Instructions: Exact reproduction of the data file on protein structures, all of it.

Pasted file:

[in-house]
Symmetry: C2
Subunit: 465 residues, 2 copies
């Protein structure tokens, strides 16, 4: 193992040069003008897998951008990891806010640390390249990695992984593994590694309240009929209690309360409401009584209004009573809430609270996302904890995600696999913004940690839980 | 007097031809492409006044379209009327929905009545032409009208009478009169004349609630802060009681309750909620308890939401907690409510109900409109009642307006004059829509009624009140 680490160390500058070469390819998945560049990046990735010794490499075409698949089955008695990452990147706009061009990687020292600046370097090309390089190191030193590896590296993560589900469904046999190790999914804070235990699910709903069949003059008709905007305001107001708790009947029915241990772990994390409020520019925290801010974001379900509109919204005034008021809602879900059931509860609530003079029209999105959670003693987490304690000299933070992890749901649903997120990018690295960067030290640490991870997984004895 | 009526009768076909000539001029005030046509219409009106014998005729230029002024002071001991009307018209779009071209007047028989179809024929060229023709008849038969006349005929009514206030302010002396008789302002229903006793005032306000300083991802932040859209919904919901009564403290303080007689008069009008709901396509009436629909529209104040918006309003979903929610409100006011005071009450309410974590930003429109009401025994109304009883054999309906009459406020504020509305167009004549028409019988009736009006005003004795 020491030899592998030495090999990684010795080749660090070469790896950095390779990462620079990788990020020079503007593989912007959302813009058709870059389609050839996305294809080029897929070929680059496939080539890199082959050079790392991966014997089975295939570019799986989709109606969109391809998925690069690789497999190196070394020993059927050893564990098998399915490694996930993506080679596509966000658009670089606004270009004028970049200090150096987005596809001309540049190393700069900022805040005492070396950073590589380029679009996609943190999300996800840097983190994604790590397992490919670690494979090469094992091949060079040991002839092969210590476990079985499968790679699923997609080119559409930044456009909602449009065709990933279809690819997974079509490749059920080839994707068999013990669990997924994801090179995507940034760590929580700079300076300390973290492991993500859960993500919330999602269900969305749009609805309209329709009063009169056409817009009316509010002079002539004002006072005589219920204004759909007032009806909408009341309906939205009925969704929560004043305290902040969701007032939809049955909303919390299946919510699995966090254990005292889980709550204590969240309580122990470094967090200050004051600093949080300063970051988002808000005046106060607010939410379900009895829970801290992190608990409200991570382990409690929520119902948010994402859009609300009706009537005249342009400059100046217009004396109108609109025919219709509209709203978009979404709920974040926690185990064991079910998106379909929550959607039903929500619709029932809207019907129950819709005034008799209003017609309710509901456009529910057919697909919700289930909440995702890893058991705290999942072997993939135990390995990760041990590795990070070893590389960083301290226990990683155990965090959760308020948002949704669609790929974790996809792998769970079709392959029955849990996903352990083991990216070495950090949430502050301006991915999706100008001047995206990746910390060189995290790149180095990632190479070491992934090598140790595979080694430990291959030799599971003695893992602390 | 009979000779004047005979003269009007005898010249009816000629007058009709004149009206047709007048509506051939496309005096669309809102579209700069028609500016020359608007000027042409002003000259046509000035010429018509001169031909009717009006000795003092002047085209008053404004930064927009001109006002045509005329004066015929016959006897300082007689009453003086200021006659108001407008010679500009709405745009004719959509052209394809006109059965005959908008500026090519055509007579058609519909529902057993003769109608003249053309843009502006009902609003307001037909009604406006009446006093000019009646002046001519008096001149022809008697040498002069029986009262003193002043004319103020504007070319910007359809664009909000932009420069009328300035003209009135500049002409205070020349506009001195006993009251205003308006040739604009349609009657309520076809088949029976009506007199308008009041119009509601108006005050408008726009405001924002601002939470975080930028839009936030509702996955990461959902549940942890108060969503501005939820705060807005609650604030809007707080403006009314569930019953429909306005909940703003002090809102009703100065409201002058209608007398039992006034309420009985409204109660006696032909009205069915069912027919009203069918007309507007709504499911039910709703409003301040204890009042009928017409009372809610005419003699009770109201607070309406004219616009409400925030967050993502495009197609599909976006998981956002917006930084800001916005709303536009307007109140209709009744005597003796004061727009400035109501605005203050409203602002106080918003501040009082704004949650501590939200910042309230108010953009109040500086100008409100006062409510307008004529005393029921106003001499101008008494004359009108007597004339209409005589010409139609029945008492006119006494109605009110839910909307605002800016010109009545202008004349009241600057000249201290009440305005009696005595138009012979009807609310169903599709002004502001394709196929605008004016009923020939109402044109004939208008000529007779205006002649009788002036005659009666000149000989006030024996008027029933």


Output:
[in-house]
Symmetry: C2
Subunit: 465 residues, 2 copies
């Protein structure tokens, strides 16, 4: 193992040069003008897998951008990891806010640390390249990695992984593994590694309240009929209690309360409401009584209004009573809430609270996302904890995600696999913004940690839980 | 007097031809492409006044379209009327929905009545032409009208009478009169004349609630802060009681309750909620308890939401907690409510109900409109009642307006004059829509009624009140 680490160390500058070469390819998945560049990046990735010794490499075409698949089955008695990452990147706009061009990687020292600046370097090309390089190191030193590896590296993560589900469904046999190790999914804070235990699910709903069949003059008709905007305001107001708790009947029915241990772990994390409020520019925290801010974001379900509109919204005034008021809602879900059931509860609530003079029209999105959670003693987490304690000299933070992890749901649903997120990018690295960067030290640490991870997984004895 | 009526009768076909000539001029005030046509219409009106014998005729230029002024002071001991009307018209779009071209007047028989179809024929060229023709008849038969006349005929009514206030302010002396008789302002229903006793005032306000300083991802932040859209919904919901009564403290303080007689008069009008709901396509009436629909529209104040918006309003979903929610409100006011005071009450309410974590930003429109009401025994109304009883054999309906009459406020504020509305167009004549028409019988009736009006005003004795 020491030899592998030495090999990684010795080749660090070469790896950095390779990462620079990788990020020079503007593989912007959302813009058709870059389609050839996305294809080029897929070929680059496939080539890199082959050079790392991966014997089975295939570019799986989709109606969109391809998925690069690789497999190196070394020993059927050893564990098998399915490694996930993506080679596509966000658009670089606004270009004028970049200090150096987005596809001309540049190393700069900022805040005492070396950073590589380029679009996609943190999300996800840097983190994604790590397992490919670690494979090469094992091949060079040991002839092969210590476990079985499968790679699923997609080119559409930044456009909602449009065709990933279809690819997974079509490749059920080839994707068999013990669990997924994801090179995507940034760590929580700079300076300390973290492991993500859960993500919330999602269900969305749009609805309209329709009063009169056409817009009316509010002079002539004002006072005589219920204004759909007032009806909408009341309906939205009925969704929560004043305290902040969701007032939809049955909303919390299946919510699995966090254990005292889980709550204590969240309580122990470094967090200050004051600093949080300063970051988002808000005046106060607010939410379900009895829970801290992190608990409200991570382990409690929520119902948010994402859009609300009706009537005249342009400059100046217009004396109108609109025919219709509209709203978009979404709920974040926690185990064991079910998106379909929550959607039903929500619709029932809207019907129950819709005034008799209003017609309710509901456009529910057919697909919700289930909440995702890893058991705290999942072997993939135990390995990760041990590795990070070893590389960083301290226990990683155990965090959760308020948002949704669609790929974790996809792998769970079709392959029955849990996903352990083991990216070495950090949430502050301006991915999706100008001047995206990746910390060189995290790149180095990632190479070491992934090598140790595979080694430990291959030799599971003695893992602390 | 009979000779004047005979003269009007005898010249009816000629007058009709004149009206047709007048509506051939496309005096669309809102579209700069028609500016020359608007000027042409002003000259046509000035010429018509001169031909009717009006000795003092002047085209008053404004930064927009001109006002045509005329004066015929016959006897300082007689009453003086200021006659108001407008010679500009709405745009004719959509052209394809006109059965005959908008500026090519055509007579058609519909529902057993003769109608003249053309843009502006009902609003307001037909009604406006009446006093000019009646002046001519008096001149022809008697040498002069029986009262003193002043004319103020504007070319910007359809664009909000932009420069009328300035003209009135500049002409205070020349506009001195006993009251205003308006040739604009349609009657309520076809088949029976009506007199308008009041119009509601108006005050408008726009405001924002601002939470975080930028839009936030509702996955990461959902549940942890108060969503501005939820705060807005609650604030809007707080403006009314569930019953429909306005909940703003002090809102009703100065409201002058209608007398039992006034309420009985409204109660006696032909009205069915069912027919009203069918007309507007709504499911039910709703409003301040204890009042009928017409009372809610005419003699009770109201607070309406004219616009409400925030967050993502495009197609599909976006998981956002917006930084800001916005709303536009307007109140209709009744005597003796004061727009400035109501605005203050409203602002106080918003501040009082704004949650501590939200910042309230108010953009109040500086100008409100006062409510307008004529005393029921106003001499101008008494004359009108007597004339209409005589010409139609029945008492006119006494109605009110839910909307605002800016010109009545202008004349009241600057000249201290009440305005009696005595138009012979009807609310169903599709002004502001394709196929605008004016009923020939109402044109004939208008000529007779205006002649009788002036005659009666000149000989006030024996008027029933």